In­junc­tion sought on home

In lat­est anti-gang bid, city at­tor­ney seeks to ban mem­bers from meet­ing at Watts site.

Los Angeles Times - - LOS ANGELES - By Joseph Serna joseph.serna@la­ Twit­ter: @JosephSerna

Bul­lets have left pock­marks in homes and front­yard fences in the 2000 block of East 110th Street in Watts.

On Satur­day nights, neigh­bors say, young men walk to a house at the end of the cul-de-sac, where they drink, do drugs, blast mu­sic and crowd the road. Par­ents tell law en­force­ment that they make sure their chil­dren sleep low to the ground — be­low the edge of the win­dowsill — lest they be hit by stray bul­lets.

For more than a decade, this has been life for res­i­dents near 2127 E. 110th St., a base camp for the Ten Line Gang­ster Crips, Los An­ge­les City Atty. Mike Feuer said at a news con­fer­ence Thurs­day.

This week, Feuer’s of­fice filed a re­quest for a civil in­junc­tion against the home­owner that, if ap­proved, would bar gang mem­bers from con­gre­gat­ing there and man­date a se­ries of up­grades to prop­erty. If the re­quire­ments are not met, the city can close ac­cess to the prop­erty, Feuer said.

The fil­ing is among about three dozen the city at­tor­ney’s of­fice has sought since Feuer took of­fice in 2013. Eight prop­er­ties have been shut­tered in the last two years as a re­sult of in­junc­tions, he said.

“Th­ese ac­tions will make the dif­fer­ence be­tween if kids can walk safely on the street or not, whether they can sleep safely or not,” Feuer said.

City pros­e­cu­tors say that since 2001, six peo­ple have died in 12 shoot­ings con­nected to the home on East 110th Street. Four peo­ple have been ar­rested and 10 guns seized there in the last year alone, Feuer said.

An 82-year-old woman lives in the home, Feuer said, but younger rel­a­tives with gang ties and their friends have set up shop there.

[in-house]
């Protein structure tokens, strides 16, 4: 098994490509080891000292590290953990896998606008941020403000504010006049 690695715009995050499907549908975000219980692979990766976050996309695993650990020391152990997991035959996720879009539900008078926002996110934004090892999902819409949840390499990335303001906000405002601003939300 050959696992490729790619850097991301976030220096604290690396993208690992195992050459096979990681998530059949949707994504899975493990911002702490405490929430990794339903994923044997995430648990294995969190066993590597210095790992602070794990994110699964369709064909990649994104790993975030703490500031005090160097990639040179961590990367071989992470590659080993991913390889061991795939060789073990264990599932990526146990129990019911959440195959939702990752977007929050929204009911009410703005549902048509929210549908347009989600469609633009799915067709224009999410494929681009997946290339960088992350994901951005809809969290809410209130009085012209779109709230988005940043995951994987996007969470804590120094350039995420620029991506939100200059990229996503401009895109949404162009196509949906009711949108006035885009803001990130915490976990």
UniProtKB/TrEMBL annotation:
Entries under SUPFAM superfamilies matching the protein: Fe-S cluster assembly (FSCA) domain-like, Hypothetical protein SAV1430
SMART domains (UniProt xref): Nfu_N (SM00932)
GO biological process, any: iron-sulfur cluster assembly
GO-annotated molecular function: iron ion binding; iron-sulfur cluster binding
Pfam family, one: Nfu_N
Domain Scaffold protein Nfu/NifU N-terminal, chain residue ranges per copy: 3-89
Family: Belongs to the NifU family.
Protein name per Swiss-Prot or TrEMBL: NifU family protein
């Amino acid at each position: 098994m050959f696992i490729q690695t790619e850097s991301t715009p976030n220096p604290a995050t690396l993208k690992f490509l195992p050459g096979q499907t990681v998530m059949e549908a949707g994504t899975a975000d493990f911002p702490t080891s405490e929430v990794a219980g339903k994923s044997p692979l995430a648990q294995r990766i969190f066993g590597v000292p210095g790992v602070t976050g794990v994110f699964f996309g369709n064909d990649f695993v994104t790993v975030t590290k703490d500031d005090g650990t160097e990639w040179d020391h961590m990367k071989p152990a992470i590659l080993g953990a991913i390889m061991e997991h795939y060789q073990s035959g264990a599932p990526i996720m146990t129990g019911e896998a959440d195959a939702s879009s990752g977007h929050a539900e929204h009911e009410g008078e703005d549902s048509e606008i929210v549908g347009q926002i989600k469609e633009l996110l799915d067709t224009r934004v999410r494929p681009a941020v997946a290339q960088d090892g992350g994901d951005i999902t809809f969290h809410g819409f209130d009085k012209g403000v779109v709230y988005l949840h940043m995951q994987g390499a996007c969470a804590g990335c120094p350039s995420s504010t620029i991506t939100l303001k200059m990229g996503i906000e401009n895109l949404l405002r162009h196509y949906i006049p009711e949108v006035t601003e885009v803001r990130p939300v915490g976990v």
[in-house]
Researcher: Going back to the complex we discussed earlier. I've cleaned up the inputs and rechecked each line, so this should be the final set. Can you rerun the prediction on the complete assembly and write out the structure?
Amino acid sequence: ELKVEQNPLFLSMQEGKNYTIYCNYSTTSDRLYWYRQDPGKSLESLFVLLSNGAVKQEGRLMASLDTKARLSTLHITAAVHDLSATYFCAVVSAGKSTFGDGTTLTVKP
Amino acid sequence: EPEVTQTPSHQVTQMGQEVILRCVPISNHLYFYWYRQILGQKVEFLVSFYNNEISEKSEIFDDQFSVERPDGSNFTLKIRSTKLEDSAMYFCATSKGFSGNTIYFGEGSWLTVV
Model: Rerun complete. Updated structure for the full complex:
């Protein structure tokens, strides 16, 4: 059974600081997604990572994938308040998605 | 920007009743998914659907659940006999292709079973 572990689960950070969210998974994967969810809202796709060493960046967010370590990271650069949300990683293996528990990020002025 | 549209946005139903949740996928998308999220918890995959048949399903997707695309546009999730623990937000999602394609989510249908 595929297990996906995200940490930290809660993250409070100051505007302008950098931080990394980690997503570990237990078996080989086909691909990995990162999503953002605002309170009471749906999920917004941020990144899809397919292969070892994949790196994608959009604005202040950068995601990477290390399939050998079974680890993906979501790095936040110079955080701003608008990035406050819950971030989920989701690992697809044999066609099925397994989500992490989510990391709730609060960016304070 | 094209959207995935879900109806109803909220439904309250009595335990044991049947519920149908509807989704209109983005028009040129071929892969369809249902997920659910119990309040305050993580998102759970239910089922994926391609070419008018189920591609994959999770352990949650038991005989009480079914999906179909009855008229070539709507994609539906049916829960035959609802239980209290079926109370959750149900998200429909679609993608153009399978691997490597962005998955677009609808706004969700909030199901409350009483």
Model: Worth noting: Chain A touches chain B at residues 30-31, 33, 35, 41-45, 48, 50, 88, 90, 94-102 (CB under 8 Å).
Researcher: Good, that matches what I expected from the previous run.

The home and its oc­cu­pants are well-known to the neigh­bor­hood, a res­i­dent said.

“I hear gun­shots. I’ve seen po­lice of­fi­cers run­ning by. I think I’ve seen them raid the house be­fore,” said a neigh­bor who asked not to be iden­ti­fied out of fear of re­tal­i­a­tion from the gang.

He said his fam­ily moved onto the street last year when they had an op­por­tu­nity to leave the Jor­dan Downs Projects, a sec­tion of Watts his­tor­i­cally known for gang vi­o­lence.

But their new neigh­bor­hood wasn’t any bet­ter, he said.

“I think it’s equal ’cause they robbed us al­ready,” he said. He said that in his first months on the block, men from the home con­fronted him, asked him where he was from and tried to get him to join the gang. They waited for him af­ter school for a time be­fore giv­ing up.

“For far too long, res­i­dents of this Watts neigh­bor- hood have lived a night­mare be­cause of the vi­o­lence em­a­nat­ing from this house,” Feuer said in a state­ment.

The civil in­junc­tion re­quest is part of a mul­ti­pronged ap­proach the city is tak­ing to im­prove res­i­dents’ qual­ity of life, Feuer said. The city has also been tar­get­ing il­le­gal dump­ing in South L.A. al­leys and has tripled the num­ber of neigh­bor­hood pros­e­cu­tors, who work with res­i­dents to re­duce blight.

If the in­junc­tion is granted, po­lice and other city of­fi­cials will rou­tinely check on the prop­erty to make sure it’s in com­pli­ance, Feuer said.

Los An­ge­les city at­tor­ney ’s off ice

FOR MORE THAN A DECADE, City Atty. Mike Feuer says, this house at 2127 E. 110th St. has been a base camp for mem­bers of the Ten Line Gang­ster Crips.

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